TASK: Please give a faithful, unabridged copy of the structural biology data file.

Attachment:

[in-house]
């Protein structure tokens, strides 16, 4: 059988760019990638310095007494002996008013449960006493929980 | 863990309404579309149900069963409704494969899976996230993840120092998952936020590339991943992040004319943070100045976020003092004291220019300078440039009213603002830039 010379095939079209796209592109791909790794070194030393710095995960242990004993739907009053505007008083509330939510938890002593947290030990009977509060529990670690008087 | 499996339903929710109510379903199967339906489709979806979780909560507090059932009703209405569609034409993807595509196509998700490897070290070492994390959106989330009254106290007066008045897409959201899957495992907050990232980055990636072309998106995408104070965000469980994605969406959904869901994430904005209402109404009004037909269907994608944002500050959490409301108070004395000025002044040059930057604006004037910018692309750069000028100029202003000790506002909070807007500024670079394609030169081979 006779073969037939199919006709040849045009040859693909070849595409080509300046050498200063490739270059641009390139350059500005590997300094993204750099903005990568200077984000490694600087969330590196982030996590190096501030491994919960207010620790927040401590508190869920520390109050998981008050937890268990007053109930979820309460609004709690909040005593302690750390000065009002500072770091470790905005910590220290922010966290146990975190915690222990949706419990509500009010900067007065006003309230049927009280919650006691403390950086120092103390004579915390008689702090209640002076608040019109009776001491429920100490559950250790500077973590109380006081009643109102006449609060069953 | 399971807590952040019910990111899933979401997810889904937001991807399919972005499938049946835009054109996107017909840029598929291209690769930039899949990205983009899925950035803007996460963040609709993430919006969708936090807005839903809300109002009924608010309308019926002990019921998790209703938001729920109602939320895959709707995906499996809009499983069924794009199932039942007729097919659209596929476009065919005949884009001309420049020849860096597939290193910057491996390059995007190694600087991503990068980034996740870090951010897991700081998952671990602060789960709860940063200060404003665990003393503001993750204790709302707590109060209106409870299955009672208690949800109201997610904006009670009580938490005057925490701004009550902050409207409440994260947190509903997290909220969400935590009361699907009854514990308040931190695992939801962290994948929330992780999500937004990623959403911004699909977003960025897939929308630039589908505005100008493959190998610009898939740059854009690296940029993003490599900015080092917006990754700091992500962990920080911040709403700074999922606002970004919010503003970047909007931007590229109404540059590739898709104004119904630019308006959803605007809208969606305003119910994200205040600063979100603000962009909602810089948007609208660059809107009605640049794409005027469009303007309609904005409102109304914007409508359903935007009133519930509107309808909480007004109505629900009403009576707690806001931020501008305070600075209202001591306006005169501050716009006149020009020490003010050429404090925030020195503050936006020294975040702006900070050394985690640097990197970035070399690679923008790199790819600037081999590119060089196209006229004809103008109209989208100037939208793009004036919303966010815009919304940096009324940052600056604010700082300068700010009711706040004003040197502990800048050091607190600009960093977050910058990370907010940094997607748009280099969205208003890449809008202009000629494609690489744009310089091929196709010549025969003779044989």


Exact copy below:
[in-house]
């Protein structure tokens, strides 16, 4: 059988760019990638310095007494002996008013449960006493929980 | 863990309404579309149900069963409704494969899976996230993840120092998952936020590339991943992040004319943070100045976020003092004291220019300078440039009213603002830039 010379095939079209796209592109791909790794070194030393710095995960242990004993739907009053505007008083509330939510938890002593947290030990009977509060529990670690008087 | 499996339903929710109510379903199967339906489709979806979780909560507090059932009703209405569609034409993807595509196509998700490897070290070492994390959106989330009254106290007066008045897409959201899957495992907050990232980055990636072309998106995408104070965000469980994605969406959904869901994430904005209402109404009004037909269907994608944002500050959490409301108070004395000025002044040059930057604006004037910018692309750069000028100029202003000790506002909070807007500024670079394609030169081979 006779073969037939199919006709040849045009040859693909070849595409080509300046050498200063490739270059641009390139350059500005590997300094993204750099903005990568200077984000490694600087969330590196982030996590190096501030491994919960207010620790927040401590508190869920520390109050998981008050937890268990007053109930979820309460609004709690909040005593302690750390000065009002500072770091470790905005910590220290922010966290146990975190915690222990949706419990509500009010900067007065006003309230049927009280919650006691403390950086120092103390004579915390008689702090209640002076608040019109009776001491429920100490559950250790500077973590109380006081009643109102006449609060069953 | 399971807590952040019910990111899933979401997810889904937001991807399919972005499938049946835009054109996107017909840029598929291209690769930039899949990205983009899925950035803007996460963040609709993430919006969708936090807005839903809300109002009924608010309308019926002990019921998790209703938001729920109602939320895959709707995906499996809009499983069924794009199932039942007729097919659209596929476009065919005949884009001309420049020849860096597939290193910057491996390059995007190694600087991503990068980034996740870090951010897991700081998952671990602060789960709860940063200060404003665990003393503001993750204790709302707590109060209106409870299955009672208690949800109201997610904006009670009580938490005057925490701004009550902050409207409440994260947190509903997290909220969400935590009361699907009854514990308040931190695992939801962290994948929330992780999500937004990623959403911004699909977003960025897939929308630039589908505005100008493959190998610009898939740059854009690296940029993003490599900015080092917006990754700091992500962990920080911040709403700074999922606002970004919010503003970047909007931007590229109404540059590739898709104004119904630019308006959803605007809208969606305003119910994200205040600063979100603000962009909602810089948007609208660059809107009605640049794409005027469009303007309609904005409102109304914007409508359903935007009133519930509107309808909480007004109505629900009403009576707690806001931020501008305070600075209202001591306006005169501050716009006149020009020490003010050429404090925030020195503050936006020294975040702006900070050394985690640097990197970035070399690679923008790199790819600037081999590119060089196209006229004809103008109209989208100037939208793009004036919303966010815009919304940096009324940052600056604010700082300068700010009711706040004003040197502990800048050091607190600009960093977050910058990370907010940094997607748009280099969205208003890449809008202009000629494609690489744009310089091929196709010549025969003779044989």